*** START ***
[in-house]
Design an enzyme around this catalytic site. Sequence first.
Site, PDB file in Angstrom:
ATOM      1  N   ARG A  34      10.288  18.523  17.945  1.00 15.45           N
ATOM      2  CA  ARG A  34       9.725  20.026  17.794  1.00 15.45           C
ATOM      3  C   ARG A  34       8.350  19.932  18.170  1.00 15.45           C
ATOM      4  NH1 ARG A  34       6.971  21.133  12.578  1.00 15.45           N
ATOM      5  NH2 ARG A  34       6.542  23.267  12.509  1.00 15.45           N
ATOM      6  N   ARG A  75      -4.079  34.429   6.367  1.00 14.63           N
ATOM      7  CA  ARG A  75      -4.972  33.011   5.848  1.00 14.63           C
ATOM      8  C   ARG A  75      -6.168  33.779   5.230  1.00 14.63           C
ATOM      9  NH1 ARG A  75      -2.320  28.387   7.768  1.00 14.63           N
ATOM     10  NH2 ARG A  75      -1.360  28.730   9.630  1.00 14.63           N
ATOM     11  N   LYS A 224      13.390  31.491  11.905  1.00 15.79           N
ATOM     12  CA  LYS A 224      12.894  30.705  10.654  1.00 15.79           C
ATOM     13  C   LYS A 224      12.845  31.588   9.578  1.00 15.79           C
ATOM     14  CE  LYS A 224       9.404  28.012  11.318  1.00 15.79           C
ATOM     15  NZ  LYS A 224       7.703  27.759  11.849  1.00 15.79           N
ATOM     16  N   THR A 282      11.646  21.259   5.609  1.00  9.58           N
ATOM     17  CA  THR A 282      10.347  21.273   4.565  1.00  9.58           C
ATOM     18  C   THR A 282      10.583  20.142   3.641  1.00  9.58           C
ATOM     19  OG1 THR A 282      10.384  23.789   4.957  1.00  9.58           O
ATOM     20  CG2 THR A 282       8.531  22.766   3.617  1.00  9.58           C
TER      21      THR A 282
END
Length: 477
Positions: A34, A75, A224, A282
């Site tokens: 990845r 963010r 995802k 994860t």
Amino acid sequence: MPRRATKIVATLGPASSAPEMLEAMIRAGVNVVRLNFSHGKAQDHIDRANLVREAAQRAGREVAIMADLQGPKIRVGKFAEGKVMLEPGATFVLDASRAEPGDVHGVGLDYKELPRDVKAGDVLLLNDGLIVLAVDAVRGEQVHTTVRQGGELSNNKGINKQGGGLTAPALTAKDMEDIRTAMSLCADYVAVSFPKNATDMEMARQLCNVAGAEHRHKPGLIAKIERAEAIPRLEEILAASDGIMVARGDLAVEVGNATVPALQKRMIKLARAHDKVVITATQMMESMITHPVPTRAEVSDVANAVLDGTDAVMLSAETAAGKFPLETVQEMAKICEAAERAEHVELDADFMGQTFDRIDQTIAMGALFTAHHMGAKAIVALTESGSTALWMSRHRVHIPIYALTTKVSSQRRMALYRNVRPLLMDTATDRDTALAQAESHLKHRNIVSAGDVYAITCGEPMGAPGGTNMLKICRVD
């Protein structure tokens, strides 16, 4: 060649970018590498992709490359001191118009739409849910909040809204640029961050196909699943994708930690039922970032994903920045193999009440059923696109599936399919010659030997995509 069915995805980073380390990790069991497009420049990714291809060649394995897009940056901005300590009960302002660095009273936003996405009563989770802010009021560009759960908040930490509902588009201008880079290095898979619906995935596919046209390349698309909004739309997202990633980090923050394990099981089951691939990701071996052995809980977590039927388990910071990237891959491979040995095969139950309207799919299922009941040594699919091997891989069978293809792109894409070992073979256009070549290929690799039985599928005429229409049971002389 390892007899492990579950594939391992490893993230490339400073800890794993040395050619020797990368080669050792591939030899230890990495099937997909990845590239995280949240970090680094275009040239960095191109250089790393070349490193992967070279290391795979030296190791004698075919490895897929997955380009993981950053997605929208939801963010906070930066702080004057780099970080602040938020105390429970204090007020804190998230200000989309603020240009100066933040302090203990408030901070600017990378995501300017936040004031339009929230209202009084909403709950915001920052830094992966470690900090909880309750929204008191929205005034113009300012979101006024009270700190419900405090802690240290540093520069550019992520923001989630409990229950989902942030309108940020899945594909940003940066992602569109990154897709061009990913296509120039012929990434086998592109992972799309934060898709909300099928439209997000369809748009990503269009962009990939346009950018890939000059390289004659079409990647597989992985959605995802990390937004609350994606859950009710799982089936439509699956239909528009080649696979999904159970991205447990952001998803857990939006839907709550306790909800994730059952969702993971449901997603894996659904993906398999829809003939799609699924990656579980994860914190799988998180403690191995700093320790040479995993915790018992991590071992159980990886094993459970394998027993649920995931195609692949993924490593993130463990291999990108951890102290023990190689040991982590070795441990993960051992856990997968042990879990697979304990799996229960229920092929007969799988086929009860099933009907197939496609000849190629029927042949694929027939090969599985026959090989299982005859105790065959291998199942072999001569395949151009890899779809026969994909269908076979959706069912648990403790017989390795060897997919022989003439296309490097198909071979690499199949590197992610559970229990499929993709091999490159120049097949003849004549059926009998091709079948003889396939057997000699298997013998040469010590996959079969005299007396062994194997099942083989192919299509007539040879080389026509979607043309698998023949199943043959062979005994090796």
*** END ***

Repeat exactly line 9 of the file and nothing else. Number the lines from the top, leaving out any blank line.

ATOM      6  N   ARG A  75      -4.079  34.429   6.367  1.00 14.63           N